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{ Tag Archives } transit

google transit coverage checker

Our altVerto team has been continuing to build interim tools that help us prototype or project. One step along our critical path was writing a small script that checks, based on zip code, to see if a location is in the Google Transit coverage area. You are welcome to use it too. Future improvements should include adding a way to check coverage based on latitude and longitude.


I’ve had a busy couple of months. Among the highlights:

  • My team’s submission for the CHI student design competition was accepted. Like a lot of good news, this begets more work, but it’s fun and I’m really looking forward to the conference.
  • I’ve been accepted to the PhD program at SI. I’m pretty excited; among the programs at various schools, I haven’t seen a better fit for my interests. My interest are broad, and it is going to take some work and reaching beyond SI to make sure I get what I want out of the PhD. Talking that through may be a future post.
  • I went back to Boston for a short weekend to interview candidates for Olin. Going back was strange. I couldn’t help but feel like I should be picking classes and settling into a dorm. It was a good time, though, and great to see people.

Boeing work continues to be a good complement to my SI activities. I’m having a lot of fun with my current portfolio of projects. I’ll admit, though, that after two trips in the last month, I’m feeling a bit spread thin.

Google Transit Bookmarklets

My team from 682 has been looking at building out our proposed design, so much as we can with available data. We’re currently in the middle of playing with various tools, which will probably result in some slightly useful demos that we will try to release along the way.

First are two Google Transit bookmarklets. One will take you from a directions page on Yahoo! Maps or Google Maps to the corresponding Google Transit directions. You can customize the second to provide directions from a default address, such as your home or workplace, to an address you select in the text of a web page.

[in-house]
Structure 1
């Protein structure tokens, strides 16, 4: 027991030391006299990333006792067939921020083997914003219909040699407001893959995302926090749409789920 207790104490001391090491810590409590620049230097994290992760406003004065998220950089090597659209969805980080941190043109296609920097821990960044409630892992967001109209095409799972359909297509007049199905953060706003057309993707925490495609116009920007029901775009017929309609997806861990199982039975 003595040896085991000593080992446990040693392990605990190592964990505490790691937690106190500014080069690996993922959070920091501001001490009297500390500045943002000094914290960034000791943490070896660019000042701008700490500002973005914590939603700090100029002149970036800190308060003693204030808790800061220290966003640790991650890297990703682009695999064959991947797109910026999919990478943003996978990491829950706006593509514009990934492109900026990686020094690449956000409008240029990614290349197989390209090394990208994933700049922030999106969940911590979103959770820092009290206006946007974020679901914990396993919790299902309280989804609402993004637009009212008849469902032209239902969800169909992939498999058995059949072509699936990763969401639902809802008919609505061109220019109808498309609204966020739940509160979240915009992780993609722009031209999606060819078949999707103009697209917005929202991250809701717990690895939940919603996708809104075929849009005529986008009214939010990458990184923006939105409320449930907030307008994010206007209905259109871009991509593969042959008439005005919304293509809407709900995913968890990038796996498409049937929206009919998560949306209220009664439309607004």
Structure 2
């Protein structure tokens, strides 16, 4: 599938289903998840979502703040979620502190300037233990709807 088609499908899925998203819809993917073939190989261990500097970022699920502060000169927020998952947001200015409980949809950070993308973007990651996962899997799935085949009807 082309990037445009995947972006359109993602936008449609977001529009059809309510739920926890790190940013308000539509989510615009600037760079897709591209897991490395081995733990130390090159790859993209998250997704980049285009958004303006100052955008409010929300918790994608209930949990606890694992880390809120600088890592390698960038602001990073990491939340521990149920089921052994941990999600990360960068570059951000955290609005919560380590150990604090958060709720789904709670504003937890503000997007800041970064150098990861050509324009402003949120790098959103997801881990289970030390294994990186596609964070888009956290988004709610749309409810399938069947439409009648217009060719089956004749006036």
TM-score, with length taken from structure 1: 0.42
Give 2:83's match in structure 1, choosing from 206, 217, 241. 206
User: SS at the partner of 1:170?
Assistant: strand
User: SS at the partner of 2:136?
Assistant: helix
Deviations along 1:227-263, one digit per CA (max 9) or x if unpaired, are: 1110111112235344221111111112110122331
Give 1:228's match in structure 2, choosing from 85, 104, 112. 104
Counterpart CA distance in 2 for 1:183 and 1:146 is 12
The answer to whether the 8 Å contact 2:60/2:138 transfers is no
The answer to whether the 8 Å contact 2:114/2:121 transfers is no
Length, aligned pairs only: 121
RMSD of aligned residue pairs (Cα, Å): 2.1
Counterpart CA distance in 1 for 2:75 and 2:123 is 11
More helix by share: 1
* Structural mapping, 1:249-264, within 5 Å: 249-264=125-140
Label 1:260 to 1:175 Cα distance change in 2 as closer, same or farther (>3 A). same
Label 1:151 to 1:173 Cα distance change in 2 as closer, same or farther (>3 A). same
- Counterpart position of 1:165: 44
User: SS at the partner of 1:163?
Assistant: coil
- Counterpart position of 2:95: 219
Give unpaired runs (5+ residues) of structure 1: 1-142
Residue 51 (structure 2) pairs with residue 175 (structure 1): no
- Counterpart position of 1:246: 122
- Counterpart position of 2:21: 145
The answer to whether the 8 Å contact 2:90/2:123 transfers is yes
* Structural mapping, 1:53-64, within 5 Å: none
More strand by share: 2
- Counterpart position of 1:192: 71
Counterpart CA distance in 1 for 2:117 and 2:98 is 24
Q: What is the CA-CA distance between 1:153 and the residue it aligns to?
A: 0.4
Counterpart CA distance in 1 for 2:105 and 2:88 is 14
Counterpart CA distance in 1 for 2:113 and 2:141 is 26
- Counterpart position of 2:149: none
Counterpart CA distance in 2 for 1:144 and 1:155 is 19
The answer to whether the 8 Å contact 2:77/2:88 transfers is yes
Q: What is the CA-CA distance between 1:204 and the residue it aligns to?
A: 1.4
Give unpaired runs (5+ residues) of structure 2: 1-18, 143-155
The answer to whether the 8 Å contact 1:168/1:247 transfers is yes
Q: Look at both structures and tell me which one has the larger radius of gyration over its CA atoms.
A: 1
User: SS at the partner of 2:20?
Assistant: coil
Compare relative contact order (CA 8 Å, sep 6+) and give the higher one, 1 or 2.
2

These will only be of use if you live in a Google Transit covered city (currently Portland OR, Seattle WA, Eugene OR, Duluth MN, Pittsburgh PA, Burbank CA, Orange County CA, Tampa FL, and Honolulu HA). If you do, check them out. We welcome feedback to altverto ::at:: altverto ::dot:: com.

surveys and survey software

My group is doing a survey for SI682. I’d rather be doing all-interviews, because I like them better and because I actually know a bit about how to do them. Time is really very short right now, so we’re trying to supplement with the survey. I get butterflies in my stomach because, while I have taken many surveys, I don’t know a thing about writing them, but I suppose this is part of how to learn. You can help our group by taking it. I already realized I forgot to ask where people live (oops), so if you want to fill that in on the last question, that’d be swell.

In the process, I searched the Internet (well, mostly SourceForge) high and low for a tool that would do what I wanted. In the end, there were four that I really wanted to try, and only one that survived the test.

The first I tried, and most promising, was Web Survey Toolbox, from CMU’s HCII. It looked quite good, but unfortunately requires Tomcat, which my host does not support. I’ve also had some unpleasant experiences with Tomcat.

From there, I moved on to try UCCASS. It looked simple and straightforward. Install was quick, and I had created most of the initial survey before I realized it didn’t have a way to view individual responses (so there would be no way, for example, to correlate an answer to one question with that user’s answers to other questions). I could have written code to pull that from the database (I think), but I didn’t want to have to write new code to do this.

I next tried PHPSurveyor. This one gets used a lot. Aside from icons that are an eyesore and require you to mouseover them and wait for the ALT text to figure out what the link does, it looked like it had some good things going for it. Install was reasonably straightforward (though not without some .htaccess troubles), but what killed this project was the steps required to take the survey. Users must either have an email token inviting them to take it or sign up online and wait for a token to be emailed to them. While this is probably great for many situations, I didn’t want to make people deal with this, so it was time for the next application.

This happened to be phpESP. It’s pretty simple, and has limited answer types. With some concessions on my part, though, it could work for this survey. It has some serious shortcomings. For example, if you miss a required question, the page will just appear to reload with no message indicating why. This gets frustrating pretty quickly and it can take a while to realize what’s going on. Still, it’ll work for now.

Have you found something better? I’d love to hear about it. There were a number of apps on SourceForge, but these were the ones that seemed to have the most documentation online, and rather than downloading and installing everything, I tried to go with the ones about which I knew the most.